IErrorMessage = interface
  procedure ShowError(AMsg: String);

2) The form you're testing can hold an injected reference to the interface (FErrorMessage: IErrorMessage), and use it to show an error whenever validation fails.

procedure TForm1.OnOkClick;
  if (Edit1.Text = '') then
    FErrorMessage.ShowError('Please fill in your name');
    ModalResult := mrOk; //which would close the form if shown modally

3) The default version of IErrorMessage used / injected for production code will simply display the message as usual.

4) Test code will inject a mock version of IErrorMessage to prevent your tests from being paused.

5) Your tests can now execute cases that would ordinarily display an error message.

procedure TTestClass.TestValidationOfBlankEdit;
  Form1.Show; //non-modally
  //Do not set a value for Edit1.Text;
  CheckEquals(0, Form1.ModalResult);  //Note the form should NOT close if validation fails

6) You can take the mock IErrorMessage a step further to actually verify the message text.

TMockErrorMessage = class(TInterfaceObject, IErrorMessage)
  FLastErrorMsg: String;
  procedure ShowError(AMsg: String); //Implementaion trivial
  property LastErrorMsg: String read FLastErrorMsg;

TTestClass = class(TGUITesting)
  //On the test class you keep a reference to the object type - NOT the interface type
  //This is so you can access the LastErrorMsg property
  FMockErrorMessage: TMockErrorMessage;

procedure TTestClass.SetUp;
  FMockErrorMessage := TMockErrorMessage.Create;
  //You need to ensure that reference counting doesn't result in the
  //object being destroyed before you're done using it from the 
  //object reference you're holding.
  //There are a few techniques: My preference is to explicitly _AddRef 
  //immediately after construction, and _Release when I would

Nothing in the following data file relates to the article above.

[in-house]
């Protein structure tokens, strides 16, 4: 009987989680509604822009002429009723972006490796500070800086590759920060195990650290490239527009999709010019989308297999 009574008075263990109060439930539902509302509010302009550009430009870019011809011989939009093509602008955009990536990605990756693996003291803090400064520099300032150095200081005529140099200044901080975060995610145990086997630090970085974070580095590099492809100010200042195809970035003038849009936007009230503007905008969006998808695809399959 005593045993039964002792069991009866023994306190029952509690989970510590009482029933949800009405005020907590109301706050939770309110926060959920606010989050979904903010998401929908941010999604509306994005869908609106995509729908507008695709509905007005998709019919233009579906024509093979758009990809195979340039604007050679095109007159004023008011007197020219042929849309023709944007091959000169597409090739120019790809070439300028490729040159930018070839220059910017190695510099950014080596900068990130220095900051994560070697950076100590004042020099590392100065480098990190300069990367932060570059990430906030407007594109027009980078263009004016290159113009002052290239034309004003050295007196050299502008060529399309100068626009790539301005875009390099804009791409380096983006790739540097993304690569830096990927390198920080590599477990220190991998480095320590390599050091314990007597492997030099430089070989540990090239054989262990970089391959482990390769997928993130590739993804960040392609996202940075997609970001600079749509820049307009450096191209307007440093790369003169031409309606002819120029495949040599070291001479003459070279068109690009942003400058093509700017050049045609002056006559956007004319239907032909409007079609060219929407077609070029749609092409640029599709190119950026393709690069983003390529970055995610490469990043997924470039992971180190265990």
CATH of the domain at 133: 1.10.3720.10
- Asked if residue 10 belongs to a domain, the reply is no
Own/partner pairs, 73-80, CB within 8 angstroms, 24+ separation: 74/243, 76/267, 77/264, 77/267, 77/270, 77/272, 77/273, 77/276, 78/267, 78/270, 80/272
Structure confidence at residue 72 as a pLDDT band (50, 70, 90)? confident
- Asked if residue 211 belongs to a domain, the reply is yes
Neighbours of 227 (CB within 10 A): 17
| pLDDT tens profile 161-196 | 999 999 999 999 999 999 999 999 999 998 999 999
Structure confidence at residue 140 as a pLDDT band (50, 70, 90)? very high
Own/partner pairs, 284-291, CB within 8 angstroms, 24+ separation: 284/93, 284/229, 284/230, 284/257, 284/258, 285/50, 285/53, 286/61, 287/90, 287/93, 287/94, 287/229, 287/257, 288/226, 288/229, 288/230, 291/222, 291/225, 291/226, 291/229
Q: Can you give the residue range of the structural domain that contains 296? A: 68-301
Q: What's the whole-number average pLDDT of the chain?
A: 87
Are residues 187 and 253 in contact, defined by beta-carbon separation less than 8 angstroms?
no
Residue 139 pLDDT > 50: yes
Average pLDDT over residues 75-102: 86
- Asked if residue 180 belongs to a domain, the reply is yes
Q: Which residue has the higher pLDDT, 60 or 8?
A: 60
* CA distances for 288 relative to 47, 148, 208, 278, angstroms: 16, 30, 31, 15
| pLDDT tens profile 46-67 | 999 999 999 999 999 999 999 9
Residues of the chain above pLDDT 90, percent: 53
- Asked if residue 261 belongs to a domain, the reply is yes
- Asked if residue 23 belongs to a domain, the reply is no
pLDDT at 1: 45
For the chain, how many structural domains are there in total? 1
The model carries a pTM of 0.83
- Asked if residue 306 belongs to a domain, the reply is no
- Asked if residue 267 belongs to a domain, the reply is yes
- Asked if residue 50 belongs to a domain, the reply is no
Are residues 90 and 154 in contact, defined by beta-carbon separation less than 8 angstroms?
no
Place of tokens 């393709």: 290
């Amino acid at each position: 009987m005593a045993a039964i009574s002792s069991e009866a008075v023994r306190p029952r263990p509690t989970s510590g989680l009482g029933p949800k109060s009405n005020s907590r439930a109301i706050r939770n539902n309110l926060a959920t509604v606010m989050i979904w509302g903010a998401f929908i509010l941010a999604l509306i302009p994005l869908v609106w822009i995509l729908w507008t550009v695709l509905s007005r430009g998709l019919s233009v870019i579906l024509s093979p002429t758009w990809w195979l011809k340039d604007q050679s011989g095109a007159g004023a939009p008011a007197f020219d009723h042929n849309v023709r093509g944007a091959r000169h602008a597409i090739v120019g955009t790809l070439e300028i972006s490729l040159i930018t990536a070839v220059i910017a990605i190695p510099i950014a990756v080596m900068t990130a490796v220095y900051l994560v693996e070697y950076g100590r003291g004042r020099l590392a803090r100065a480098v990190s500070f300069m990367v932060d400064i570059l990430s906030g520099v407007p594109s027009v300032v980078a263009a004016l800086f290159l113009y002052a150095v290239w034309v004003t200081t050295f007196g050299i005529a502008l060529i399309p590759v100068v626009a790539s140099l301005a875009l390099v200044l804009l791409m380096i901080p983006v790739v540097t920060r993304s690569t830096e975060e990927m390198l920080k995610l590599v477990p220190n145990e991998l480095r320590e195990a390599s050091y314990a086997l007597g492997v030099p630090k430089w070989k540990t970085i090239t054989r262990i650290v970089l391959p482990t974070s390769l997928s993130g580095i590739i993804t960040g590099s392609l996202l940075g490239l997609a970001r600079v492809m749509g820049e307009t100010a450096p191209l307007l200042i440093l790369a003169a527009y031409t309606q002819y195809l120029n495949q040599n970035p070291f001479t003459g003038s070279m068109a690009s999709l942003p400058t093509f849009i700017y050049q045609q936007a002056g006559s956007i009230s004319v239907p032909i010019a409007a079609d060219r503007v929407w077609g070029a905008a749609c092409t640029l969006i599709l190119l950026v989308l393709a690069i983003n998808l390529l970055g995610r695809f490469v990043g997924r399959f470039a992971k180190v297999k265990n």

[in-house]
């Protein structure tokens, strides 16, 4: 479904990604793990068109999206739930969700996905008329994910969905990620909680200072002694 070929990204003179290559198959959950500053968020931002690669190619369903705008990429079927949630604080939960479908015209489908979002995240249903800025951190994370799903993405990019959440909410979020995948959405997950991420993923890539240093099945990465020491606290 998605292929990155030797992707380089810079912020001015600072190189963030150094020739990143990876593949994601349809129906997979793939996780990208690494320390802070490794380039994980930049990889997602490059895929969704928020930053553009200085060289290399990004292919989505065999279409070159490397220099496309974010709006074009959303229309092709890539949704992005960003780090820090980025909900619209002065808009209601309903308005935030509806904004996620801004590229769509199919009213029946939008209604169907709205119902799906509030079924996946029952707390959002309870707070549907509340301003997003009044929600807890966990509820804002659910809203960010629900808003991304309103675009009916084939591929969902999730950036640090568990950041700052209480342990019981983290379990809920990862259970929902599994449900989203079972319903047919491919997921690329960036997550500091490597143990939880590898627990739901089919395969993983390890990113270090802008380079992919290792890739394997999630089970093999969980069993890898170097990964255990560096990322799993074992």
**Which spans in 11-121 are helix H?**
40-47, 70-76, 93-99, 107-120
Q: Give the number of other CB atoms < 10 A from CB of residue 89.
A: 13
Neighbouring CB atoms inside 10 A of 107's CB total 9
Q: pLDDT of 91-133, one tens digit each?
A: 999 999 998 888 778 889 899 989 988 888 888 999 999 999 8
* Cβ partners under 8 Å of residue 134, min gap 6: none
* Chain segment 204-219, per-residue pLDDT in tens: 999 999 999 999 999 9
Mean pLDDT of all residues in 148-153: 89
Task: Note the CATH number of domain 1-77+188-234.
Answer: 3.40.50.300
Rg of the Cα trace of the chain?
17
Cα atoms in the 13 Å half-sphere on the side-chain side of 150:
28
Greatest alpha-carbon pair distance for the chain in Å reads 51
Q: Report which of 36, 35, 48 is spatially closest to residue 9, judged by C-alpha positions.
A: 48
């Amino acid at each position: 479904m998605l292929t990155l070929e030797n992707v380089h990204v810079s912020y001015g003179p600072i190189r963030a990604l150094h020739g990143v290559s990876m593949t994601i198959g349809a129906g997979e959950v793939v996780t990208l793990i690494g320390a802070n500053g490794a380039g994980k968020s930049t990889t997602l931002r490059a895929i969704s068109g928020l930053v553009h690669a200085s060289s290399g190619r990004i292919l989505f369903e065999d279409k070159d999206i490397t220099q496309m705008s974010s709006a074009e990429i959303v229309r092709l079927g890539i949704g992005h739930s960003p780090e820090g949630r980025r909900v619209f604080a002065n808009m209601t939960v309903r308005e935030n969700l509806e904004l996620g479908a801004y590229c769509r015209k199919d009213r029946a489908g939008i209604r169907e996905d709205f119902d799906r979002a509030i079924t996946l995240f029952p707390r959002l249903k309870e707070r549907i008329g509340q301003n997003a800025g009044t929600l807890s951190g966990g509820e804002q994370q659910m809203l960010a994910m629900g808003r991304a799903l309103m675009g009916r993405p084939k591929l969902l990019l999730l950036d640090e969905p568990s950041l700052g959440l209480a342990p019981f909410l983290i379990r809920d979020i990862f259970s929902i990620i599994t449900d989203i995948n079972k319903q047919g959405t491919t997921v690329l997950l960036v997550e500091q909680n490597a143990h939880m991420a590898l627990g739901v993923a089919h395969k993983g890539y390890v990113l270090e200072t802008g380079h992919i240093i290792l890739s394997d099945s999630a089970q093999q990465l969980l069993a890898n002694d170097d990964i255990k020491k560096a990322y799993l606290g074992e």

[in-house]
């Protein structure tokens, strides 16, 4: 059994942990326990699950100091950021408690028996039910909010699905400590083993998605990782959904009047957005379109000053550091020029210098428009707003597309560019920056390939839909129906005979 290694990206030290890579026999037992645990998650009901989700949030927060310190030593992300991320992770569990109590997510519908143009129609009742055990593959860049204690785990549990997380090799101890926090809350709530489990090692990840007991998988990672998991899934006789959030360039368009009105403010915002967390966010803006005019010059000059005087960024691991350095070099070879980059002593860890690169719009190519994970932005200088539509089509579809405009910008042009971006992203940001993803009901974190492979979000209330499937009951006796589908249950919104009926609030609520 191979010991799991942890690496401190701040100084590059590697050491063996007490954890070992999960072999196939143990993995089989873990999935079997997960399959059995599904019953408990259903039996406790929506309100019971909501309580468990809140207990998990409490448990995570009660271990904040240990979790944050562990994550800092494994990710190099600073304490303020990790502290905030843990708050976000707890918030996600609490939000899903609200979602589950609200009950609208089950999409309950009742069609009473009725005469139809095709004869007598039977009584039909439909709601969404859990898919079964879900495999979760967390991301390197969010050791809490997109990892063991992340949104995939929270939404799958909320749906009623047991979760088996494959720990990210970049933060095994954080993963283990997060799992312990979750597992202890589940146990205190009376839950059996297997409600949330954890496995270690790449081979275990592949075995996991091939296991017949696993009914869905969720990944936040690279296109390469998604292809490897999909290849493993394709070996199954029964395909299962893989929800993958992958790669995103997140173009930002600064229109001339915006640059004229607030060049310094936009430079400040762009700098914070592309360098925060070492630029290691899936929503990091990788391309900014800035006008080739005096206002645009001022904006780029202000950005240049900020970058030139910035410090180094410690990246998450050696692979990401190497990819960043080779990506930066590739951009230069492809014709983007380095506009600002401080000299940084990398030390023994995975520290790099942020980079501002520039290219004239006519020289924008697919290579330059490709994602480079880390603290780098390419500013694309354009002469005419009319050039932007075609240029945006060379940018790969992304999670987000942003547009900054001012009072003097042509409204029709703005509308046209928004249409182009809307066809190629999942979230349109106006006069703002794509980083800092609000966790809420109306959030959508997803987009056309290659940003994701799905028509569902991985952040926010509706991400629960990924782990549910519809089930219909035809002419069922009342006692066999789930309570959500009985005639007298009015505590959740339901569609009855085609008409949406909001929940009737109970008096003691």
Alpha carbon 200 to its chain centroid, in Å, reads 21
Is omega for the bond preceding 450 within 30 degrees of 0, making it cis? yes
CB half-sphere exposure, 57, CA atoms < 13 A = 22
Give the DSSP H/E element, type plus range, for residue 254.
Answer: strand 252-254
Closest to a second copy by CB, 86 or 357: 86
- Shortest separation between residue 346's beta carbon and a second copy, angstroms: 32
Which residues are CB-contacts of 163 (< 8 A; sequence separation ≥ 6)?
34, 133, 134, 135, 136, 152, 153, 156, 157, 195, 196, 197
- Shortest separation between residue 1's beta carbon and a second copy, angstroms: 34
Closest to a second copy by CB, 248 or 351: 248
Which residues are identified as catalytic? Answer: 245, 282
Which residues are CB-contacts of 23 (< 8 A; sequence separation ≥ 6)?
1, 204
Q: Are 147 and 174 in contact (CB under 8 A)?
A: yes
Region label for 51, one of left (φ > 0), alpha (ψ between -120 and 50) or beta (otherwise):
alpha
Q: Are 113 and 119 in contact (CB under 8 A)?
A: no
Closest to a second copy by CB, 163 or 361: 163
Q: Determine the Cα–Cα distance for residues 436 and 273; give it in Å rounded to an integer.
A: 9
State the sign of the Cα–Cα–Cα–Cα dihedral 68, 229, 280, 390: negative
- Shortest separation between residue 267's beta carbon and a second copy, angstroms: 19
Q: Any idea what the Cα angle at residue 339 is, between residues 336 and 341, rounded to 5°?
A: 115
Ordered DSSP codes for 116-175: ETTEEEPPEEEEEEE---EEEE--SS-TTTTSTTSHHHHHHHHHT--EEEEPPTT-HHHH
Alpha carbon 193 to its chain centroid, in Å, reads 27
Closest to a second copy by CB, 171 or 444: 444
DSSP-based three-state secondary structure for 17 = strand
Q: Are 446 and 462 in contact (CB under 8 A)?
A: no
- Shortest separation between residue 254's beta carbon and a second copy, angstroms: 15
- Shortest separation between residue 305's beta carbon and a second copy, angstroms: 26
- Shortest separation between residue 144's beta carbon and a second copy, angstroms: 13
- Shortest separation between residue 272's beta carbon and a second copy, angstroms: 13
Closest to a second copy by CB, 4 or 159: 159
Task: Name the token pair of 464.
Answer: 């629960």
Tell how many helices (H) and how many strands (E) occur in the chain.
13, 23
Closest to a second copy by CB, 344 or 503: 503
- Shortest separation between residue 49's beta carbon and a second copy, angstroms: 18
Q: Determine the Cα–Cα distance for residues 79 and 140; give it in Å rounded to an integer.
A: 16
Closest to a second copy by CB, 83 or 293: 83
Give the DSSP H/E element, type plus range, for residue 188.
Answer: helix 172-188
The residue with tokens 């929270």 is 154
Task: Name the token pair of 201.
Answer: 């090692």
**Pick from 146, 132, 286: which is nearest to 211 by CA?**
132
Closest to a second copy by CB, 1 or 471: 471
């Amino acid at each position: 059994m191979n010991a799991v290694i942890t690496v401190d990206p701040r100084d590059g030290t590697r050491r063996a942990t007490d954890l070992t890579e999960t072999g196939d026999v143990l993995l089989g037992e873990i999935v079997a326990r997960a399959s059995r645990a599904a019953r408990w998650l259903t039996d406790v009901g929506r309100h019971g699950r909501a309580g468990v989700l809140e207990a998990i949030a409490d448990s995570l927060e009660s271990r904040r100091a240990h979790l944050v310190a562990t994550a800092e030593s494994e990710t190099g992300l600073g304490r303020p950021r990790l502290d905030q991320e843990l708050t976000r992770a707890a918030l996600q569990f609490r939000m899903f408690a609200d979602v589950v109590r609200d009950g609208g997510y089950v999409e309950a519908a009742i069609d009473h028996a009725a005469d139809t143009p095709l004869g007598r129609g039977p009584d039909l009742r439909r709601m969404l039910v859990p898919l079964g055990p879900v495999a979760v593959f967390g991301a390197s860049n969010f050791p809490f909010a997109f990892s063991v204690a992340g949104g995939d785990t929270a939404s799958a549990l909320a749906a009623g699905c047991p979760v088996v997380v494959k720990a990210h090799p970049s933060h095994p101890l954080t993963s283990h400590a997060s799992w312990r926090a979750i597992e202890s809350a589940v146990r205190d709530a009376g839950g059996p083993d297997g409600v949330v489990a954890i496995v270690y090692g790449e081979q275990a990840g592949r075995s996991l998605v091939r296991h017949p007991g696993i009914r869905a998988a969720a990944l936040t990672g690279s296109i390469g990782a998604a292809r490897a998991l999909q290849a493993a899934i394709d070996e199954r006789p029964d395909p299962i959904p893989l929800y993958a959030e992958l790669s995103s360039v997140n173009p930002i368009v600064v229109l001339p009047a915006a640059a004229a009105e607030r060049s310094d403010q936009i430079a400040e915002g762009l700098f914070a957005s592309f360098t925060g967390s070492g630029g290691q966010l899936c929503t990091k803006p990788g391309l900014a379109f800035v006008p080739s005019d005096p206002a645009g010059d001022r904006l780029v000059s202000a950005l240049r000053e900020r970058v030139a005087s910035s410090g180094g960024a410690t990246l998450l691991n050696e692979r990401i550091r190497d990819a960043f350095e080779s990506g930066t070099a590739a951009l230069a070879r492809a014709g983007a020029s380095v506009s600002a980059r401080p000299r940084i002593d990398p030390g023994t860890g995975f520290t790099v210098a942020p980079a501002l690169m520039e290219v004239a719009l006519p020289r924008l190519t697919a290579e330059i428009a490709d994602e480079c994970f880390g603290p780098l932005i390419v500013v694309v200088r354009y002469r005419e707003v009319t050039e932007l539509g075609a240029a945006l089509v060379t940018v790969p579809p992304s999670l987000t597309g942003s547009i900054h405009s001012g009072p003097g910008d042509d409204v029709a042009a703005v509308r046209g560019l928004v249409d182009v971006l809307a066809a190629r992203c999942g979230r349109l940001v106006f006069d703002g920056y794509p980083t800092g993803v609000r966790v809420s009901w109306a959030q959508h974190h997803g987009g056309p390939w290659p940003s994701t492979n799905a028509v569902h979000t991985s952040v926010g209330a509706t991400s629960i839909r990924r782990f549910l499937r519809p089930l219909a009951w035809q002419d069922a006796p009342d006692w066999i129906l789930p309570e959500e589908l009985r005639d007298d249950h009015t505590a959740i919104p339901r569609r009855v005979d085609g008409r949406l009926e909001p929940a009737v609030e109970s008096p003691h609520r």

//otherwise have destroyed the object.

7) Now the earlier test becomes:

procedure TTestClass.TestValidationOfBlankEdit;
  Form1.Show; //non-modally
  //Do not set a value for Edit1.Text;
  CheckEquals(0, Form1.ModalResult);  //Note the form should NOT close if validation fails
  CheckEqulsString('Please fill in your name', FMockErrorMessage.LastErrorMsg);
  • 1
    +1 a most excellent answer – David Heffernan Jul 4 '11 at 17:24
  • +1 wow, thanks for the great answer and the effort put in it. Where's that +10 button again? ;) – jpfollenius Jul 5 '11 at 6:38

There is actually a way to test modal windows in Delphi. When a modal window is shown your application still processes windows messages so you could post a message to some helper window just before showing the modal window. Then your message would be handled from the modal loop allowing you to execute code while the modal window is still visible.

Recently I've been working on a simple library to handle this very problem. You can download the code from here: (see: FutureWindows.pas).

Sample usage:


procedure TFutureWindowsTestCase.TestSample;
       procedure (const AWindow: IWindow)
         myForm: TForm;
         myForm := AWindow.AsControl as TForm;

         CheckEquals('', myForm.Caption);

         myForm.Caption := 'test caption';

  with TForm.Create(Application) do
    Caption := '';


    CheckEquals('test caption', Caption);